"Nothing special," he said. "They just take it all back and cut it up. We have no idea."
Rocker Gavin Rossdale was happy to talk about his small role in the movie "Constantine," but even happier that he was cut out of the bomb "Little Black Book" last year. The husband of Gwen Stefani has a new group and a new album ready for launch shortly on Interscope Records.
"Antwone Fisher" and "Spider-Man 2" actress Joy Bryant — a knockout beauty — told us that she's been cast as the love interest in Jim Sheridan's movie about rapper 50 Cent. Bryant is 75 cents, and all that. "Fitty" is lucky to get her.
Emmy Rossum of "Phantom of the Opera" talked about her Christmas dinner with legendary writer Kurt Vonnegut and his famed photographer wife Jill Krementz. They're old family friends.
Sean Combs and Kim Porter were the only guests I could find who did a complete costume change coming from the Oscars over to Morton's. Porter wore two Zac Posen-designed outfits Sunday night. Posen is the man behind Sean John's women's line, which debuts in the fall.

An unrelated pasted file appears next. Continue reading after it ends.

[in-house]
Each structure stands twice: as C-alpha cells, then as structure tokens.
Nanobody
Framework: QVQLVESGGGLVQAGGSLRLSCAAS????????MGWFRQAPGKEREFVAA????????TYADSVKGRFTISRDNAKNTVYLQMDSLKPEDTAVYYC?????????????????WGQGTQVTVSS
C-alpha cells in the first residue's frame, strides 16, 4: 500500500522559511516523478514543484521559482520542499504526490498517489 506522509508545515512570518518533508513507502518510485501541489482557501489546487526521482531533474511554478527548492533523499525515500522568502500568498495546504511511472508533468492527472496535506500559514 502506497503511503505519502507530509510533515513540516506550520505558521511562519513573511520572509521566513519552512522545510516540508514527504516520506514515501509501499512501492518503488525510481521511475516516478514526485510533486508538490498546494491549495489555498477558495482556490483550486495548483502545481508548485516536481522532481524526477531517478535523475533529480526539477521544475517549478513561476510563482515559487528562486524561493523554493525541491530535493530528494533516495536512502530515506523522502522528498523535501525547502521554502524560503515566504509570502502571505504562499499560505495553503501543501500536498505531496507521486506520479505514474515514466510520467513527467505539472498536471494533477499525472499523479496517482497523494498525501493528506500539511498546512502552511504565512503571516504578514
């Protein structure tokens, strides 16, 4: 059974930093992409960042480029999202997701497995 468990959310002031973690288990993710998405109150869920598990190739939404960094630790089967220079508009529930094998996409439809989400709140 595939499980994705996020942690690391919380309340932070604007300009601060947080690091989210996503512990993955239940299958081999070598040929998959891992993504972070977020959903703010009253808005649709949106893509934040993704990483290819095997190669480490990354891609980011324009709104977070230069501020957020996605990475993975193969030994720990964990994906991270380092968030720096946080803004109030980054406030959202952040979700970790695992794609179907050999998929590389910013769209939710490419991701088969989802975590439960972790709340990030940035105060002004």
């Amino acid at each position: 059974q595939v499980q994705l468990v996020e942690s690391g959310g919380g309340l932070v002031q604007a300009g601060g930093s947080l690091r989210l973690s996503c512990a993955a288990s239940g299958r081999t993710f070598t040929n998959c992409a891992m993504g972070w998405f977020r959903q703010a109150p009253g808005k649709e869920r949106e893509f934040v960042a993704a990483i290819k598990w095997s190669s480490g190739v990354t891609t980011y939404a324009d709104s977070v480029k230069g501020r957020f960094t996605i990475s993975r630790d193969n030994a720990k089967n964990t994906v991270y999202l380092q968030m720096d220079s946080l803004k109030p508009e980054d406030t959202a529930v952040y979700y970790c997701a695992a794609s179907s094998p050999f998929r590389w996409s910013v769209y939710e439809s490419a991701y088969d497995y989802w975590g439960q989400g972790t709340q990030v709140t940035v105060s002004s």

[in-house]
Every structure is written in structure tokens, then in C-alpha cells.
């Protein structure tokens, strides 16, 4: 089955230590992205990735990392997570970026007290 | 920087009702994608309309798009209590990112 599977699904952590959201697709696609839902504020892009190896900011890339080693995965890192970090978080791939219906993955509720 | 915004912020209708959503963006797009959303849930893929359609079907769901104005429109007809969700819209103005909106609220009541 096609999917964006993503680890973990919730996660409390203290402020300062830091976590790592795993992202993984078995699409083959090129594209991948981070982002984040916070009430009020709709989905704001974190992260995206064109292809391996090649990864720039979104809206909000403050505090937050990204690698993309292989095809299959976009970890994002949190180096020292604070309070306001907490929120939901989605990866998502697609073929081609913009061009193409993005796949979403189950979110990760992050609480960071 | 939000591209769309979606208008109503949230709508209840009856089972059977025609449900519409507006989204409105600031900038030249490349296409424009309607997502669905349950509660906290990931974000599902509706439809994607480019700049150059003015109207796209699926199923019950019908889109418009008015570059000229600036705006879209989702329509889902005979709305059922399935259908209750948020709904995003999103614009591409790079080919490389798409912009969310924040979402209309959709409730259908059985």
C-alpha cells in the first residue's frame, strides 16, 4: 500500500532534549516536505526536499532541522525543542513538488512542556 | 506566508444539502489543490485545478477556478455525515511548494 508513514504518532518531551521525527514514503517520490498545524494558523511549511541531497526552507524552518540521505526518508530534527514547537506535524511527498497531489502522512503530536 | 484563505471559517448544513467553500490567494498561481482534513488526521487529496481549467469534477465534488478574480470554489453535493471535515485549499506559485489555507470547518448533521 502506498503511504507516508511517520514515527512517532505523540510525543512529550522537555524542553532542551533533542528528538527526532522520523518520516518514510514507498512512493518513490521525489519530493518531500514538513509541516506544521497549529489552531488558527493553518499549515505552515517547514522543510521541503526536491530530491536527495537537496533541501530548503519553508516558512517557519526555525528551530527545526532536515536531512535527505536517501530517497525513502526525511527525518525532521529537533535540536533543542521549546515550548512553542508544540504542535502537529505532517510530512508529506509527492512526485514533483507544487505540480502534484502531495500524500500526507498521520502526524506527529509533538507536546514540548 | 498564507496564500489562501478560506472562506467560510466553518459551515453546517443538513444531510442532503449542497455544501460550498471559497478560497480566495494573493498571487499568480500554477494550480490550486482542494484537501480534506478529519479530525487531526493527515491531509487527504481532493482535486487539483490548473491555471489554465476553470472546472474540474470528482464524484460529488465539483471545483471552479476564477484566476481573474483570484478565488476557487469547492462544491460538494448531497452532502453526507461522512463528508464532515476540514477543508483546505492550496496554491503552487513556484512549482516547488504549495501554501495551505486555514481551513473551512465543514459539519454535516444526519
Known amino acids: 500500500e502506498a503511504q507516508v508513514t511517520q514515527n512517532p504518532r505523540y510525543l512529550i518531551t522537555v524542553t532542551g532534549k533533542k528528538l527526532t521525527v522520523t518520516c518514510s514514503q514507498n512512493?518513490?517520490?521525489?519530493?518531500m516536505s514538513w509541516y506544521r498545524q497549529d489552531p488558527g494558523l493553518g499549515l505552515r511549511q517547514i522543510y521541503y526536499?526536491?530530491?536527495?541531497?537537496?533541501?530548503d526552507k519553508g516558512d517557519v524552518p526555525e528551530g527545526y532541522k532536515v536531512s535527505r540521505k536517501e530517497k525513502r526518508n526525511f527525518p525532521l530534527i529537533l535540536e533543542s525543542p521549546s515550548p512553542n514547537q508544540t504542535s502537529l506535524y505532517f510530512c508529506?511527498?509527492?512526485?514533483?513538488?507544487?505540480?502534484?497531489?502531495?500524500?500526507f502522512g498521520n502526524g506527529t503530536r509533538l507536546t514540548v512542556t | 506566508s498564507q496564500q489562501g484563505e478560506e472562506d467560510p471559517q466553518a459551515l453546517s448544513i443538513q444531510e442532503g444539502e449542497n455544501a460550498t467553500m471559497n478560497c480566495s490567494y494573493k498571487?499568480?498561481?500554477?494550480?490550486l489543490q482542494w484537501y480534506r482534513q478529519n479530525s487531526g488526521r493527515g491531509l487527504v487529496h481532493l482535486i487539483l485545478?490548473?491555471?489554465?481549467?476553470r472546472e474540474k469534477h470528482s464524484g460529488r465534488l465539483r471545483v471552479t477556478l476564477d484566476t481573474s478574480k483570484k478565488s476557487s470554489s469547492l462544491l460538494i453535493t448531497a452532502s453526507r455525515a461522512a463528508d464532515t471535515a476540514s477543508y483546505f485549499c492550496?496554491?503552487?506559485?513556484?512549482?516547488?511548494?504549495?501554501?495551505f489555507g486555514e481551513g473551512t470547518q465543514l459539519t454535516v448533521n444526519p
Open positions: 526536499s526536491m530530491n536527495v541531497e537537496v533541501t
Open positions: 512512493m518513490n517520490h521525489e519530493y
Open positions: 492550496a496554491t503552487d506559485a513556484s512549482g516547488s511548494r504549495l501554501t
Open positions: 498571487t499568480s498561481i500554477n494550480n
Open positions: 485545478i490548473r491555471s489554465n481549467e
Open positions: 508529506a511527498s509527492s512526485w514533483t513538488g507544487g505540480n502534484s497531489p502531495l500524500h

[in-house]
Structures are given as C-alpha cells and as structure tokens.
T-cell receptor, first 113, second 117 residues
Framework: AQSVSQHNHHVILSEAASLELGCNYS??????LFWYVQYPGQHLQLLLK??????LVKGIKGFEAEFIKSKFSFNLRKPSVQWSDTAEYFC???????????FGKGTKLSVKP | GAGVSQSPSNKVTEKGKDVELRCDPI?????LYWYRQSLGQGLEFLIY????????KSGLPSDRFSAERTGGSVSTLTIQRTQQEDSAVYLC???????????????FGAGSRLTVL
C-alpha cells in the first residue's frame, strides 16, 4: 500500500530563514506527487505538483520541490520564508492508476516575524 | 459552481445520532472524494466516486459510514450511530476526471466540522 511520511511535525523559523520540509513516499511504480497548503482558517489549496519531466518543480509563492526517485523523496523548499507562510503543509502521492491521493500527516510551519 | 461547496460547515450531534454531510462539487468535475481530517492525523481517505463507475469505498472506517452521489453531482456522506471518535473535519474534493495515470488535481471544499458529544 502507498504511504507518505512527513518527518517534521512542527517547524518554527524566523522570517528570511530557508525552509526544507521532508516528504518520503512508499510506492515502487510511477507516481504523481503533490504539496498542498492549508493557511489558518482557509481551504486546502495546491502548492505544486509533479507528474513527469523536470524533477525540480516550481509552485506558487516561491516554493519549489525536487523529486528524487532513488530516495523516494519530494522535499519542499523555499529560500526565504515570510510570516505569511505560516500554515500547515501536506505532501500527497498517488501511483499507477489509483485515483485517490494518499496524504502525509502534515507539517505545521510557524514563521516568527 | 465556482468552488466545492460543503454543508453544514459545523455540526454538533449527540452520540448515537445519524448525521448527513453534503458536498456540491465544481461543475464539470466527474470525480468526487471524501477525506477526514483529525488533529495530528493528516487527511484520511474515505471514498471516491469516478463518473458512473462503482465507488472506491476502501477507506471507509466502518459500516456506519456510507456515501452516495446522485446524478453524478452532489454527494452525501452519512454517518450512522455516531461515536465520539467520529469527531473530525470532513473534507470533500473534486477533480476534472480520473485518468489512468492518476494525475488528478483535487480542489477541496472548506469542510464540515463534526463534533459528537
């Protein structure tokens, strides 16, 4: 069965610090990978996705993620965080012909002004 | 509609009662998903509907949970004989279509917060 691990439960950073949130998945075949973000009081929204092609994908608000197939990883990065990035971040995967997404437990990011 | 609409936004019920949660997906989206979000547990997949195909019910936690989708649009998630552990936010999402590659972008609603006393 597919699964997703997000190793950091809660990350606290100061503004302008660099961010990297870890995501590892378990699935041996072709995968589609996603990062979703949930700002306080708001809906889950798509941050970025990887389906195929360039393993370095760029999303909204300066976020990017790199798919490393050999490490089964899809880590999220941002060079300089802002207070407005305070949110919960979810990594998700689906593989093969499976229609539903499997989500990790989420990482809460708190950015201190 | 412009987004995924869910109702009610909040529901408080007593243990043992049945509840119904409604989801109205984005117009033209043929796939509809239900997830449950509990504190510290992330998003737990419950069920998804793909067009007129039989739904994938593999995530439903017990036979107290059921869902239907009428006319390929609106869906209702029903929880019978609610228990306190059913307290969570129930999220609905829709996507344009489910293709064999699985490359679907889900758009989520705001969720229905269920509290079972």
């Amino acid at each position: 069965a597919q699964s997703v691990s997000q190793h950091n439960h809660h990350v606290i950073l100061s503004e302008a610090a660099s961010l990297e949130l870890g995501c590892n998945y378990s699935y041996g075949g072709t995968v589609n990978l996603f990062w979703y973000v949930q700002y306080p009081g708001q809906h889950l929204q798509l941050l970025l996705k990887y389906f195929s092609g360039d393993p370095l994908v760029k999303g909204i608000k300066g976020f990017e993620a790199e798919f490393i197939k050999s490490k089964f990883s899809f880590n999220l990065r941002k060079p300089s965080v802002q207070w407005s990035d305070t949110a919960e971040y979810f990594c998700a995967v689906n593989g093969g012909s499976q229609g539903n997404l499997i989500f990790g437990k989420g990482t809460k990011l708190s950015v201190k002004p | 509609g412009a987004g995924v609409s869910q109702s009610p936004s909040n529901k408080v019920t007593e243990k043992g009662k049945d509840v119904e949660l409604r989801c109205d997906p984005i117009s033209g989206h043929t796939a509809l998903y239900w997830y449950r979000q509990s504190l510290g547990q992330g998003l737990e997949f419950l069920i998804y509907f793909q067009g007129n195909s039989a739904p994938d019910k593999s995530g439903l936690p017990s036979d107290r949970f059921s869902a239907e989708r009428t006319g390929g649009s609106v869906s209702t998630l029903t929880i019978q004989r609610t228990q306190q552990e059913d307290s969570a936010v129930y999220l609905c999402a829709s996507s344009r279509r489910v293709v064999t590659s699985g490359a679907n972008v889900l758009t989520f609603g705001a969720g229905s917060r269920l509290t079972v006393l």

At Elton John's soirée, Denise Rich's recently married daughter, Danielle, worked the red carpet for a new cable fashion show. She looked great.
John Stamos and "South Park"'s Matt Stone worked the room together. Stamos, who has a new series on ABC, was like a magnet all night for babes who wanted to replace ex-wife Rebecca Romijn.
Leonardo DiCaprio skipped almost all the Oscar partying on Sunday night, choosing to spend his after-hours with pals at home.
Mischa Barton, star of "The O.C.," hit Ago in West Hollywood last night with boyfriend Brandon Davis. At another table was TV chef Rocco DiSpirito, while Miramax's Harvey Weinstein held court on the patio and Elton John's partner David Furnish dined with a Malibu real-estate agent.
Furnish was happy to report that Sunday night's Oscar party for the Elton John AIDS Foundation raised $1.5 million.
Meanwhile, Frank Stallone (Sly's brother), stopped by to tell me and FOX News's Bill McCuddy about his NBC reality show "The Contender." Stallone said the suicide of one of the boxers from the show will not be addressed, but Najai Turpin's participation as a contestant remains intact on film.